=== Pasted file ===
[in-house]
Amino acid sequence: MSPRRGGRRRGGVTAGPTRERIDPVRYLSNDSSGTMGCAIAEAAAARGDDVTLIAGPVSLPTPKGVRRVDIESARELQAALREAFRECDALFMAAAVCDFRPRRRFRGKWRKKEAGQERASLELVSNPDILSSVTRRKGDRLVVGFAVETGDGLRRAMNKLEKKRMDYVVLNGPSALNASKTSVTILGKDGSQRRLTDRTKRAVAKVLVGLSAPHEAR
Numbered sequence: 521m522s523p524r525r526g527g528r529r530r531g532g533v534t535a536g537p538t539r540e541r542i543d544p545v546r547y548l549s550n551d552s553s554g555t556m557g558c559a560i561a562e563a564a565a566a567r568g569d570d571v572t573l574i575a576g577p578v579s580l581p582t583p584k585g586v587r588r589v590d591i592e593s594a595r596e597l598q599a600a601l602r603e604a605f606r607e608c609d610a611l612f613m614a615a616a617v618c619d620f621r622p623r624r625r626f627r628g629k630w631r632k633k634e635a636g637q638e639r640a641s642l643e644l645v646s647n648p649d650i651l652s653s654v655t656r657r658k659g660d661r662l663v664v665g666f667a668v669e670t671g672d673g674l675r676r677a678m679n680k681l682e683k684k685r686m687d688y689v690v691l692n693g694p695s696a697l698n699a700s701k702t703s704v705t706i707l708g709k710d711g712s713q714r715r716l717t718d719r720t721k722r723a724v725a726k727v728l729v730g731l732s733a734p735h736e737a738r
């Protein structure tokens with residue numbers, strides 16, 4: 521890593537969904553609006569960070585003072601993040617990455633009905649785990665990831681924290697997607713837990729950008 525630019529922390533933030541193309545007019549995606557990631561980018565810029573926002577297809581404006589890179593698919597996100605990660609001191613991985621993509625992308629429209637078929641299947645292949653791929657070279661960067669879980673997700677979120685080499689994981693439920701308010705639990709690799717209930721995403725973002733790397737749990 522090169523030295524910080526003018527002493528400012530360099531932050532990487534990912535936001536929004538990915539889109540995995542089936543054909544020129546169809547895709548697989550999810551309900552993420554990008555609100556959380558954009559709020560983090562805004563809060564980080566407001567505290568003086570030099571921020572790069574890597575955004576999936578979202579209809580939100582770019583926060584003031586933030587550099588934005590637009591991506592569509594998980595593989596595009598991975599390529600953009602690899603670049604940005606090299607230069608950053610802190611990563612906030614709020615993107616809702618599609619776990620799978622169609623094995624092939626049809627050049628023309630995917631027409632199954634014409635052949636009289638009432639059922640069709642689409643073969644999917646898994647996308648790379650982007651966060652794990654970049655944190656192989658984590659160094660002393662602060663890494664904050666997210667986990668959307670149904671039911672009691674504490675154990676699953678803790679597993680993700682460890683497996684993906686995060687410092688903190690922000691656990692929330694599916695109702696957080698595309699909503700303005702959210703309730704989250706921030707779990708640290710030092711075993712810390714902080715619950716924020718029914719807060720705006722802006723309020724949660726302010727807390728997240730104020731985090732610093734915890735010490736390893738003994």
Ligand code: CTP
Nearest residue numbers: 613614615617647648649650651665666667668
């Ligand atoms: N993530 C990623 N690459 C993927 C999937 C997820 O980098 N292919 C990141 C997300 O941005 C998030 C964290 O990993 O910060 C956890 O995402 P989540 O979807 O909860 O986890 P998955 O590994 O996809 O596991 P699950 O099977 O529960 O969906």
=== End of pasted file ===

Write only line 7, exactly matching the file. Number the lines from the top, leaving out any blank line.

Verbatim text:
């Ligand atoms: N993530 C990623 N690459 C993927 C999937 C997820 O980098 N292919 C990141 C997300 O941005 C998030 C964290 O990993 O910060 C956890 O995402 P989540 O979807 O909860 O986890 P998955 O590994 O996809 O596991 P699950 O099977 O529960 O969906």